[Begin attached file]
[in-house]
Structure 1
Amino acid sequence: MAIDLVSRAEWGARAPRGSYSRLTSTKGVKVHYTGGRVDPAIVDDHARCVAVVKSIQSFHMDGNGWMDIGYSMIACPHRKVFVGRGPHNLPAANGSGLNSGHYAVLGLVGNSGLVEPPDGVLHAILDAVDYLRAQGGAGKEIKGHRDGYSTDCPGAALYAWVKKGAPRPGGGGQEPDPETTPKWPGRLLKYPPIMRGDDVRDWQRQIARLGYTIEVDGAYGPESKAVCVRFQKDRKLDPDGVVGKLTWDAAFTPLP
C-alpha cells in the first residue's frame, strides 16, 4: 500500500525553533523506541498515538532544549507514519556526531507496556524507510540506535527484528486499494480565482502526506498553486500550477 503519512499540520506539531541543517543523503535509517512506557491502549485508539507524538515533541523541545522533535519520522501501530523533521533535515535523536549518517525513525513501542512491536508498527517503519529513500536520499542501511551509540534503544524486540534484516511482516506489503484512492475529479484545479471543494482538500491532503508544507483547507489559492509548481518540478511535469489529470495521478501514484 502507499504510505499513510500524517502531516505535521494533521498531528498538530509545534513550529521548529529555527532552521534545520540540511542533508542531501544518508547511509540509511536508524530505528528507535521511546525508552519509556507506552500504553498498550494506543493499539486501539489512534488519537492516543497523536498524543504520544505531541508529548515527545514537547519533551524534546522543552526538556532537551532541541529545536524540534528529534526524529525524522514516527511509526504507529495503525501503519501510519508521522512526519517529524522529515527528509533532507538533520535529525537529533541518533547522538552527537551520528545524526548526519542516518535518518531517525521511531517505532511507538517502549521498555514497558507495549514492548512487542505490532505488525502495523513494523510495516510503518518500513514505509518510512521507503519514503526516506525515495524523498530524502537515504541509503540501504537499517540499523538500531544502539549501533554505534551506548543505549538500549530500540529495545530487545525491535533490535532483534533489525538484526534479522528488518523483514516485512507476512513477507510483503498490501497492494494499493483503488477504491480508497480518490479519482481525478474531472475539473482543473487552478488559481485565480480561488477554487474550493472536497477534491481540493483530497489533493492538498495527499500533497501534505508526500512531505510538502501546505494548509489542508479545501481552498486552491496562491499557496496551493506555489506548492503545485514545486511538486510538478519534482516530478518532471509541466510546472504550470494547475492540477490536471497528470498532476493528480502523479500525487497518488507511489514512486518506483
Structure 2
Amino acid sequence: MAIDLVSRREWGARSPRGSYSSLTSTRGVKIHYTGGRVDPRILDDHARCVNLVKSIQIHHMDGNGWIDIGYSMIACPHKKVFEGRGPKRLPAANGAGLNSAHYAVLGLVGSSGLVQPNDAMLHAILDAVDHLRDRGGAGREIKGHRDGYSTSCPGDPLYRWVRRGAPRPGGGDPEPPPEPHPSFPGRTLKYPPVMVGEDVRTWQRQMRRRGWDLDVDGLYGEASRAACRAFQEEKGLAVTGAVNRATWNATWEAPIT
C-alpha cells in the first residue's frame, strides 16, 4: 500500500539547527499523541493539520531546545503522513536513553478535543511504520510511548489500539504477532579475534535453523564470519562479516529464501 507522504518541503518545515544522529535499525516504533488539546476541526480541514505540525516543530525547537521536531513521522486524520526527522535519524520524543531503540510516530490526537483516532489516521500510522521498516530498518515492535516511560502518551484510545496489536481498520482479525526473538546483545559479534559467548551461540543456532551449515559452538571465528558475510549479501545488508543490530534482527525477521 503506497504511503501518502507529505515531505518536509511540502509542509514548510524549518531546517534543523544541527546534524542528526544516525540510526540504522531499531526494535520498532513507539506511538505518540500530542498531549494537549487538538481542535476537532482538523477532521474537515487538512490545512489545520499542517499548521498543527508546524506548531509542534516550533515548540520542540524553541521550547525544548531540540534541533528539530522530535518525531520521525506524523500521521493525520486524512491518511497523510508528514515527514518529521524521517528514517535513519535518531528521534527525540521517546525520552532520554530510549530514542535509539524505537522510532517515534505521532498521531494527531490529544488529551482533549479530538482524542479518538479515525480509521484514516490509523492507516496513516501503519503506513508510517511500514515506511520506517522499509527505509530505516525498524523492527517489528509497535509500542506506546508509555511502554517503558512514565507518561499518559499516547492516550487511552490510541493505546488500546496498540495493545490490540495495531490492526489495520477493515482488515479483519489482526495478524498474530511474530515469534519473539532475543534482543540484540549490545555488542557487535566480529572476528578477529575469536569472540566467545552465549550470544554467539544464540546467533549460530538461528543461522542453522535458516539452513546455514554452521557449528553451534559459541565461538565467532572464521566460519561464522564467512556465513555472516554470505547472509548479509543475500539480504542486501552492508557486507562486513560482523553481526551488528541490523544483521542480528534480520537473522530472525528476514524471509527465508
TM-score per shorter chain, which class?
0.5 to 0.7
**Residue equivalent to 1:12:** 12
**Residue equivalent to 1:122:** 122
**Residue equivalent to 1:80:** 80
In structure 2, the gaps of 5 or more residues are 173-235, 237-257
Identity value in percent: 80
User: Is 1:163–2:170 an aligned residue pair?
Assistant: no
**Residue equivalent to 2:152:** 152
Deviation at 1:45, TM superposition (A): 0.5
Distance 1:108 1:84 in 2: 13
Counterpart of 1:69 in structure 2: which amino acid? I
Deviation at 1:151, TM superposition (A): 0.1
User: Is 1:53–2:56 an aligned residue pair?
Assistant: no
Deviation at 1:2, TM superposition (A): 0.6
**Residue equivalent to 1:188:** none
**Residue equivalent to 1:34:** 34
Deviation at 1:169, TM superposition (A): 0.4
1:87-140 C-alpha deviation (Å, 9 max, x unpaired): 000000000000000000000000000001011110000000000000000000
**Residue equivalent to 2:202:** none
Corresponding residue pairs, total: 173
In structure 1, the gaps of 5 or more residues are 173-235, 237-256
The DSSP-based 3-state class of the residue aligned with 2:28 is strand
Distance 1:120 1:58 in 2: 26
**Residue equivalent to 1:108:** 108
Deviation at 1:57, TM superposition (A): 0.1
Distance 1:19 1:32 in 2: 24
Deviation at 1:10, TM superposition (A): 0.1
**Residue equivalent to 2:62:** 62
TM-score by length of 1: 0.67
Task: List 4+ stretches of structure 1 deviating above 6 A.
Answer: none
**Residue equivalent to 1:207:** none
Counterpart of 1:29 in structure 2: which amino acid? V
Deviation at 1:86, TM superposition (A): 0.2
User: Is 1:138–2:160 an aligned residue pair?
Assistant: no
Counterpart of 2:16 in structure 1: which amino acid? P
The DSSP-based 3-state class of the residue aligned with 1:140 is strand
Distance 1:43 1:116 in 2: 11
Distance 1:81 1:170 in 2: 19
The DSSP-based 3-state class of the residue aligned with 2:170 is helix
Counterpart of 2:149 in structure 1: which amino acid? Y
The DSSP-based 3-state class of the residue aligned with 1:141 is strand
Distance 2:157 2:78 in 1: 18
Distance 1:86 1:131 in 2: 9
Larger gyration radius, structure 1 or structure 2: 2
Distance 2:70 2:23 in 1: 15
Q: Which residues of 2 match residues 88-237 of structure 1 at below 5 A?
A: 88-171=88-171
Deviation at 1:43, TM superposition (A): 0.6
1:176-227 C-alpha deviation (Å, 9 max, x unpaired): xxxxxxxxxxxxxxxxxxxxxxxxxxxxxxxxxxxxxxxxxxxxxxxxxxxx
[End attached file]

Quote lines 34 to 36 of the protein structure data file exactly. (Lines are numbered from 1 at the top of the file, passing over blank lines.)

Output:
**Residue equivalent to 1:108:** 108
Deviation at 1:57, TM superposition (A): 0.1
Distance 1:19 1:32 in 2: 24